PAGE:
American Alpine Jounrna and Accidents in North American Climbing
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Stranded, Inexperience — California, Yosemite Valley

  • Accident Reports
  • Accident Year:
  • Publication Year: 1983


California, Yosemite Valley

On August 20, 1982, Al Rosemann (25) and Dave Briggs (25) were attempting to rappel the 5.8 pitch on Bishop’s Terrace (50 meters), when they became stranded because one of them reached the end of his single, doubled climbing rope (25 meters) below an overhang and could not climb back up. One ranger and a Rescue Site Climber did the pitch, set ropes and helped the climbers to reach the ground.

Ranger Gary Colliver and Rescue Site climber John Barbella went to the area with the needed equipment. Colliver belayed Barbella up the 5.0 first pitch of Bishop’s Terrace. Barbella then fixed a second rope which Colliver used to jumar up to the climber hanging from the end of his rappel rope. Colliver gave him a hard hat and assisted him in transferring his rappel setup to the fixed rope, which reached the ground. The first climber then rappeled to the ground and Colliver jumared to the top of the pitch to meet Barbella and the second climber to whom he also gave a hard hat. The ropes were set for a full double-rope rappel to the ground and the second climber, Colliver and Barbella all rappelled safely. (Source: Gary Colliver, Ranger, Yosemite National Park)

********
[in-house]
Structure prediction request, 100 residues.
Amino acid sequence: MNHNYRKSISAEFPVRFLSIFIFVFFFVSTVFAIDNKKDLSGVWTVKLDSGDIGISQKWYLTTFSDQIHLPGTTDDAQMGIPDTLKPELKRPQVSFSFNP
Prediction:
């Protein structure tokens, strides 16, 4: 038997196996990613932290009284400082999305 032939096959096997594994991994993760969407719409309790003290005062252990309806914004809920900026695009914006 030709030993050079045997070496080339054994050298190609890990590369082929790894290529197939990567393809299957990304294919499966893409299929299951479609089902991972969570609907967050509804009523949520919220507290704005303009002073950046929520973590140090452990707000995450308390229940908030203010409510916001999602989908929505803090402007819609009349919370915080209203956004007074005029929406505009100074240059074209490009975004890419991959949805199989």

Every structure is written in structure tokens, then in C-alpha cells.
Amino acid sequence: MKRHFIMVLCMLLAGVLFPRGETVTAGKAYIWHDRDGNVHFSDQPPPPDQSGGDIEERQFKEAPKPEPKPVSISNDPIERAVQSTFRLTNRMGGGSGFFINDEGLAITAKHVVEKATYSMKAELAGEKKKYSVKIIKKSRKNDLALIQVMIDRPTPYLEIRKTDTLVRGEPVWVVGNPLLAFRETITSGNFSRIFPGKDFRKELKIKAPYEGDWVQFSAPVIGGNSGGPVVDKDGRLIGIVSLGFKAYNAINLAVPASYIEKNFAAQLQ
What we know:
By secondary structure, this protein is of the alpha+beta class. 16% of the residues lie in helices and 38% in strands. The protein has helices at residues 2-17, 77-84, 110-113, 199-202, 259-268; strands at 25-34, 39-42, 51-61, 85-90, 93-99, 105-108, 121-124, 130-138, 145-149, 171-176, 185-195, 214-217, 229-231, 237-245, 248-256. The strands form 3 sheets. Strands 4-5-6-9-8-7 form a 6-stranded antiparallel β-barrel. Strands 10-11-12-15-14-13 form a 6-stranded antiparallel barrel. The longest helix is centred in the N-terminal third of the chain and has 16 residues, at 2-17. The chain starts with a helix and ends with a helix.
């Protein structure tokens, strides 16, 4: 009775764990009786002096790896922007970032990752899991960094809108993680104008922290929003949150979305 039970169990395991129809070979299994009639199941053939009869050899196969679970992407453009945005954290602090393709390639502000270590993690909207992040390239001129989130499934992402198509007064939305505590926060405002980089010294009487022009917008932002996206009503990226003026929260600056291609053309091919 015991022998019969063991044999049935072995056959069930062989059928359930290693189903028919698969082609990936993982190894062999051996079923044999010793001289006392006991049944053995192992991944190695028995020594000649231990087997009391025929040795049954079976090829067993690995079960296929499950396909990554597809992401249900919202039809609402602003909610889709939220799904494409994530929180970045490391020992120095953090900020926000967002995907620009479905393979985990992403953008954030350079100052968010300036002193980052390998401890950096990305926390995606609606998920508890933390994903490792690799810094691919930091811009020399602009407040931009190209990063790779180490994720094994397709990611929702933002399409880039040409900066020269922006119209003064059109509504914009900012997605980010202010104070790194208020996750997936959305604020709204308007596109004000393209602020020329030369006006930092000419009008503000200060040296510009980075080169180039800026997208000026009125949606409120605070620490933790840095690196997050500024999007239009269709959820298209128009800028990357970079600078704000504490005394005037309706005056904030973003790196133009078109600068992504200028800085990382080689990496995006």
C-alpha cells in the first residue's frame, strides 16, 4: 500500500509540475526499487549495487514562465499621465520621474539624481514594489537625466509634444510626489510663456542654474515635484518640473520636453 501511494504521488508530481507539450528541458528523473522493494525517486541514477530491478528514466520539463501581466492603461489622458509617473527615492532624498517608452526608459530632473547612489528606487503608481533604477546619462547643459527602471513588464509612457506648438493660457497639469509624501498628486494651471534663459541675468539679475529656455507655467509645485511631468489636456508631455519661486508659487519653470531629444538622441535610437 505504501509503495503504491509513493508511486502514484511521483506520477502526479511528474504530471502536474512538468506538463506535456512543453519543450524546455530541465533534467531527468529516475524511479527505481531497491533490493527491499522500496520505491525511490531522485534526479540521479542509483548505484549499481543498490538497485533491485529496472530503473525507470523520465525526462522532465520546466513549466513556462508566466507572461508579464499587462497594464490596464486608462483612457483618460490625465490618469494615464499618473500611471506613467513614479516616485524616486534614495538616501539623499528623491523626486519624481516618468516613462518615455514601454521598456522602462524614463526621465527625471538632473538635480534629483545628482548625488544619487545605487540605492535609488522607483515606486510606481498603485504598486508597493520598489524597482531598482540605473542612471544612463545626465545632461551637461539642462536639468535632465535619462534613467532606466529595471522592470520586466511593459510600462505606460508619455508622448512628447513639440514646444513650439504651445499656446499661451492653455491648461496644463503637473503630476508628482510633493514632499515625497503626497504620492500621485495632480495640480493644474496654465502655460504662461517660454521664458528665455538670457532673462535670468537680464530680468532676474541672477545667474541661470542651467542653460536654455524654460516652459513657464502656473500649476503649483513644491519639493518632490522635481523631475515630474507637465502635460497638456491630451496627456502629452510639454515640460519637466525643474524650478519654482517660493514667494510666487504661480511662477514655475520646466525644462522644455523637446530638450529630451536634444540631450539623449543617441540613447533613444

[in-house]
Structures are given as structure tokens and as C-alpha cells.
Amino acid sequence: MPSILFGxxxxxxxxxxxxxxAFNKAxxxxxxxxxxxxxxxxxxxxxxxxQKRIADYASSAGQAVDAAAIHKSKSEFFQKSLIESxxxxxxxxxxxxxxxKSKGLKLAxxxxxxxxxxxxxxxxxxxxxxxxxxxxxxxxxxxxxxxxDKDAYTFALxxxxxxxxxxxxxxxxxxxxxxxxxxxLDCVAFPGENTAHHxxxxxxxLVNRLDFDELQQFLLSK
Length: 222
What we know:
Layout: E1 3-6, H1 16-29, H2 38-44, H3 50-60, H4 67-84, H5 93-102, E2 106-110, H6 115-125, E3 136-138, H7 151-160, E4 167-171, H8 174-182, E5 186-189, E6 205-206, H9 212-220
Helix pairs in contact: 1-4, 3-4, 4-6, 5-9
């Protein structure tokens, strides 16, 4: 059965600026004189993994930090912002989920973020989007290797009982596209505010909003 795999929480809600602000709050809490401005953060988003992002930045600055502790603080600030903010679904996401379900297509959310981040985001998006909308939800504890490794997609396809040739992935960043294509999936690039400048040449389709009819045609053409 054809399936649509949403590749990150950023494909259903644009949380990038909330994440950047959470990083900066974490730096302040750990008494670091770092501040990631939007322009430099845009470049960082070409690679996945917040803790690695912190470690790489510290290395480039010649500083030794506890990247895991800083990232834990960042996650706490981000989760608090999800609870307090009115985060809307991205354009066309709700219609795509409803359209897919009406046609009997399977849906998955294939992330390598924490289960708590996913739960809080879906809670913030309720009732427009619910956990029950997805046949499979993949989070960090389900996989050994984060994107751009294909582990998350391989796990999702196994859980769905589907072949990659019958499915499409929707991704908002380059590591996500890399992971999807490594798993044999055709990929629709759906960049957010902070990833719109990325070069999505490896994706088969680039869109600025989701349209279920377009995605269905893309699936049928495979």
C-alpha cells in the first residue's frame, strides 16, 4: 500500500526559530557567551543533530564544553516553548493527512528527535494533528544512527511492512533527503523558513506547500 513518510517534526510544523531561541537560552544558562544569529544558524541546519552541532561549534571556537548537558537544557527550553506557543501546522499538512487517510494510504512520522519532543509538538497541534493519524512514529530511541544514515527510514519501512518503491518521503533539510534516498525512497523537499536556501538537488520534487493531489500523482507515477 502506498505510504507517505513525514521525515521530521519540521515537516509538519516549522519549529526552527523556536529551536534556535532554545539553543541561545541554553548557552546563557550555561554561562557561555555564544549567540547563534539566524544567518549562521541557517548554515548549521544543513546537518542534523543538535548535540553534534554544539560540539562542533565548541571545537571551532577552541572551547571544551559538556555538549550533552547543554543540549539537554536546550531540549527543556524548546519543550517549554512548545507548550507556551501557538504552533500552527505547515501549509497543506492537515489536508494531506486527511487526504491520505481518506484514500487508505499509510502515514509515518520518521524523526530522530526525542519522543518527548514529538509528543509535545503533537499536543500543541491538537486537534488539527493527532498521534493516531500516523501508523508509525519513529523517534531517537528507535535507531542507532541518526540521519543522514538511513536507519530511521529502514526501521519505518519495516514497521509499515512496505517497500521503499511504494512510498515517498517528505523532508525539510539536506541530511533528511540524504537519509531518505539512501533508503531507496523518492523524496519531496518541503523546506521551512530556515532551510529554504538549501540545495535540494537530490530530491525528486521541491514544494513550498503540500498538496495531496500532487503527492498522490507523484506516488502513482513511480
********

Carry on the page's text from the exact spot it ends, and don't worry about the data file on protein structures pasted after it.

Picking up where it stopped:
Rosemann related that they had talked with some climbers who had done this route and had told them that it was one rappel to the ground from the end of the route. Colliver told him that the end of the route was a short distance above them and about 30 meters east of them and pointed out that, since they had just climbed the pitch, they should have realized that it was more than 25 meters. Rosemann said they hadn’t thought of that, only that they had been told it was one rappel to the ground. When Colliver reached Rosemann, who was hanging from prusik knots on his doubled rope, he asked him why he hadn’t prusiked back up the rope. Rosemann answered that he had been too shaken up by the event to consider this. (Source: Gary Colliver, Ranger, Yosemite National Park)

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